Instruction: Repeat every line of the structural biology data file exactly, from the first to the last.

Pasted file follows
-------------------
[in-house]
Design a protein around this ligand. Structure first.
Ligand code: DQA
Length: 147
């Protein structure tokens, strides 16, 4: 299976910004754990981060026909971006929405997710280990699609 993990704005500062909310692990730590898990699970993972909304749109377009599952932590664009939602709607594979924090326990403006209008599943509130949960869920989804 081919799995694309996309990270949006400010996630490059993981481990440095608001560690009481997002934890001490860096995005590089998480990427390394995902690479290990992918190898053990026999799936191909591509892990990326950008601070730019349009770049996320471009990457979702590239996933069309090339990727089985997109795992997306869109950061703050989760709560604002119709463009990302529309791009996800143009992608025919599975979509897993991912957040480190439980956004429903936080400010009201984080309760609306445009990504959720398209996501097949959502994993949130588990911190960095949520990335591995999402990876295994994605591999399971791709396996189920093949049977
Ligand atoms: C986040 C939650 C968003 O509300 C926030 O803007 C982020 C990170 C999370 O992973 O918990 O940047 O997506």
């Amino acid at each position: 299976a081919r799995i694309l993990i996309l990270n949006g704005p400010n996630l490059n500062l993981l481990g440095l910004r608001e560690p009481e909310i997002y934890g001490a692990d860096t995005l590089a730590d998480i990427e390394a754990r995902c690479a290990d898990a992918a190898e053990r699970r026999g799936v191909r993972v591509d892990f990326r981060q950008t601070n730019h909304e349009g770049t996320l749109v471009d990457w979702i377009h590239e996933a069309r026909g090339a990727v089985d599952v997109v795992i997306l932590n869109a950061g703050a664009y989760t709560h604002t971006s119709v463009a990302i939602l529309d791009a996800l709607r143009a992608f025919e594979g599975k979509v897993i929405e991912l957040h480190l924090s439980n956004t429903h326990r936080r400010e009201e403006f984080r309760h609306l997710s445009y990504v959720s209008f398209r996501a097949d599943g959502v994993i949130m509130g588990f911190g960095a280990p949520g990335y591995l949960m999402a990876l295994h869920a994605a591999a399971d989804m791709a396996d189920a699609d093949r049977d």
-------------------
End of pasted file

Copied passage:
[in-house]
Design a protein around this ligand. Structure first.
Ligand code: DQA
Length: 147
């Protein structure tokens, strides 16, 4: 299976910004754990981060026909971006929405997710280990699609 993990704005500062909310692990730590898990699970993972909304749109377009599952932590664009939602709607594979924090326990403006209008599943509130949960869920989804 081919799995694309996309990270949006400010996630490059993981481990440095608001560690009481997002934890001490860096995005590089998480990427390394995902690479290990992918190898053990026999799936191909591509892990990326950008601070730019349009770049996320471009990457979702590239996933069309090339990727089985997109795992997306869109950061703050989760709560604002119709463009990302529309791009996800143009992608025919599975979509897993991912957040480190439980956004429903936080400010009201984080309760609306445009990504959720398209996501097949959502994993949130588990911190960095949520990335591995999402990876295994994605591999399971791709396996189920093949049977
Ligand atoms: C986040 C939650 C968003 O509300 C926030 O803007 C982020 C990170 C999370 O992973 O918990 O940047 O997506």
């Amino acid at each position: 299976a081919r799995i694309l993990i996309l990270n949006g704005p400010n996630l490059n500062l993981l481990g440095l910004r608001e560690p009481e909310i997002y934890g001490a692990d860096t995005l590089a730590d998480i990427e390394a754990r995902c690479a290990d898990a992918a190898e053990r699970r026999g799936v191909r993972v591509d892990f990326r981060q950008t601070n730019h909304e349009g770049t996320l749109v471009d990457w979702i377009h590239e996933a069309r026909g090339a990727v089985d599952v997109v795992i997306l932590n869109a950061g703050a664009y989760t709560h604002t971006s119709v463009a990302i939602l529309d791009a996800l709607r143009a992608f025919e594979g599975k979509v897993i929405e991912l957040h480190l924090s439980n956004t429903h326990r936080r400010e009201e403006f984080r309760h609306l997710s445009y990504v959720s209008f398209r996501a097949d599943g959502v994993i949130m509130g588990f911190g960095a280990p949520g990335y591995l949960m999402a990876l295994h869920a994605a591999a399971d989804m791709a396996d189920a699609d093949r049977d």